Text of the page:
One of the biggest economic reforms India had seen was in 1991. But as wording goes ‘History repeats itself’. With almost a year to the spread of covid-19 now, china (biggest manufacturing hub) has faced serious backdrops in the manufacturing sector. Various multinational industries are now shifting towards India which is a big opportunity.
However, considering that the gross domestic product (GDP) contracted by 24% in the June quarter of 2020, there is little doubt that India needs significant economic reforms to put things in order and establish a new phase of progress and expansion that can generate new employment opportunities. As India strives to become the world’s next development center, significant policy reforms have to be made to manage the upheaval after the Coronavirus pandemic and to make it simpler for foreign investors.
FDI or foreign direct investment is a big inflow of the Indian economy. There are simply four factors which determine the interest of foreign investors.
- Current Size of economy
- Geographical location
- Legal stability, and
- Political stability
Only after considering each of these determinants carefully any foreign investment gets attracted to any country.
Taking into account the current scenario of our country we need to improvise a few things which are as follows:
Establishing reliable and effective chains of supply
For any fruitful manufacturing and production hub, it is critical to set up a sound supply chain, for which India needs a productive network. Therefore, given its proximity to the nearest deep water ports or current/upcoming international airports, the sites for SEZs should be chosen. Next to underutilized public property, which could be converted into an affordable housing center, with excellent connectivity and efficient supply of water and electricity, a greenfield or brownfield site could be easily found.
Similarly, UDAN ‘s proposed airport development scheme may be a torchbearer for the creation of new cities. Sialkot in Pakistan, for instance, is a global manufacturing center for sports apparel. The local business community built the first private airport and power station in the country to fulfill the requirement because the government failed to build infrastructure. Most of the global sports brands now have their factories in the country, attracting more investment than any other area in Pakistan.
Better administration in special economic zones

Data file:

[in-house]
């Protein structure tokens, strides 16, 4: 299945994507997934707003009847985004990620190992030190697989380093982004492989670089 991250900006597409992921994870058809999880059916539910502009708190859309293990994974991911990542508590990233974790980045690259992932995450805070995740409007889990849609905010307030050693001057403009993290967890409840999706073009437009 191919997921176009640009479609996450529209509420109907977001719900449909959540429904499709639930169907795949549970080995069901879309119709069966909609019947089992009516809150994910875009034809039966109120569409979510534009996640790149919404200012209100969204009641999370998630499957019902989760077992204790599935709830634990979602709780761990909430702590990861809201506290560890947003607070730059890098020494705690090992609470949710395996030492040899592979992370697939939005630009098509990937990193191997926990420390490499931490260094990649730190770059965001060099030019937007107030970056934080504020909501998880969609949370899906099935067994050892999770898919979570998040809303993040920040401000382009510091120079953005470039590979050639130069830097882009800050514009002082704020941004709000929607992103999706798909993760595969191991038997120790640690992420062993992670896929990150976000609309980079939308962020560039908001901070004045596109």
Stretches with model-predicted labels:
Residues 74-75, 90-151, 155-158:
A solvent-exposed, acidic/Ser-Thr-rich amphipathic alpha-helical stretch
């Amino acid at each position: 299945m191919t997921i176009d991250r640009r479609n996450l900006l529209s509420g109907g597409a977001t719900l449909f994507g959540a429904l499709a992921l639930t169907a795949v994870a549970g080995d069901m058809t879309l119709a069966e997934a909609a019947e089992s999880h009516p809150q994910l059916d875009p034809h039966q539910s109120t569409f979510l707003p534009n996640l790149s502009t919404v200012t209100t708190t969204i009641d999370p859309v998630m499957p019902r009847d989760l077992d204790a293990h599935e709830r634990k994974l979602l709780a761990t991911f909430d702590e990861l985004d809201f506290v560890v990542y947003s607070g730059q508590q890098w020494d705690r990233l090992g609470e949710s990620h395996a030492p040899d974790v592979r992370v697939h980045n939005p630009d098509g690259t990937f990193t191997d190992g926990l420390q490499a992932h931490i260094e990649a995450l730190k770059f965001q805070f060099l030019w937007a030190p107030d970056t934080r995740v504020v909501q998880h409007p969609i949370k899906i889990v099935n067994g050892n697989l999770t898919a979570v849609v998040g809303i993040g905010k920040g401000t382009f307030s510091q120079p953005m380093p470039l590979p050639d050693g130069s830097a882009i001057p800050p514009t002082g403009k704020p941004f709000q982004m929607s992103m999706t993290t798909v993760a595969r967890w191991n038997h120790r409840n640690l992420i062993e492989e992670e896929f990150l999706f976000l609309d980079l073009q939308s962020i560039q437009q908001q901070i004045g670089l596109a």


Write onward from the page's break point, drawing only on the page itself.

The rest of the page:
India has about 238 Special Economic Zones (SEZs), covering approximately 500 sq km, particularly in comparison to 2,000 sq km in China. The lack of state-supplied facilities and infrastructure has made it extremely difficult for investors to view it as a worthy alternative to China. It was difficult for the government to even provide basic services as it is evident in the 100 smart cities, which are nowhere close to being finished after six years of its announcement. India needs to reduce the number of SEZs in order to handle these and concentrate on building bigger ones that have all kinds of services and facilities. These could be key areas of operation that could enable the creation of jobs, employment, and growth in their neighboring regions.
Emphasis on Skill Development Programme
India spent just 2.7 percent of its GDP on education in FY 2018 compared to China, which spent 4.11 percent. In addition to education, India must qualify its labor force in various industries from low (mining, agriculture-related, etc.) and specialized (textile & apparel, manufacturing of electronics, etc.). Increasing technological advances automate clerical jobs and demand for specialized skill sets, in particular IT skills, which, given the huge young population it has, can be a great advantage to the country. This aspect should not be overlooked by India and the skills required to remain globally competitive should be met.
Fostering good governance and setting up a solid law and order
In the event that lower assessments could pull in financial specialists to any economy, helpless nations would have been the initial ones to observe monetary turnaround. What unfamiliar financial specialists generally search for, is acceptable administration, where regulatory obstacles don’t influence their business and strong standard of law, where the neighborhood organization is ground-breaking enough to settle on strategy choices.
India is where land and work laws are in the simultaneous rundown, with both, the state and focus, skillful to authorize enactment. This prompts a great deal of disarray over contest goals and debasement. Different locales in Asia-Pacific are incomprehensibly not quite the same as India, where working together is on a very basic level simpler with less political cerebral pain.
In addition, the kinds of offers and incentives available to investors in India are restricted to easily affordable real estate and concessions. For individuals relying on the Indian eco-system to establish their production setup, there should be an added advantage and good governance is definitely one incentive.
China’s Tianjin example is a brilliant example of what could go totally incorrect if governance is not part of the economic reforms and bribery is tricked in. 70 percent of offices are vacant here in the Binhai district, once seen as China’s Manhattan, as many housing associations flouted zoning regulations by paying off bureaucrats and trying to exploit democratic links, thereby denting business opportunities here.
While the Indian economy continues to be enveloped by unpredictability, one can not deny that this could be a golden chance for the nation to become self-sustainable if we introduce more economic reforms. It is also a chance for India to become a hub for manufacturing and to play an increasingly important role in the global supply chain.
To know more information about the Indian Real estate market you can visit other blogs of SBP Group.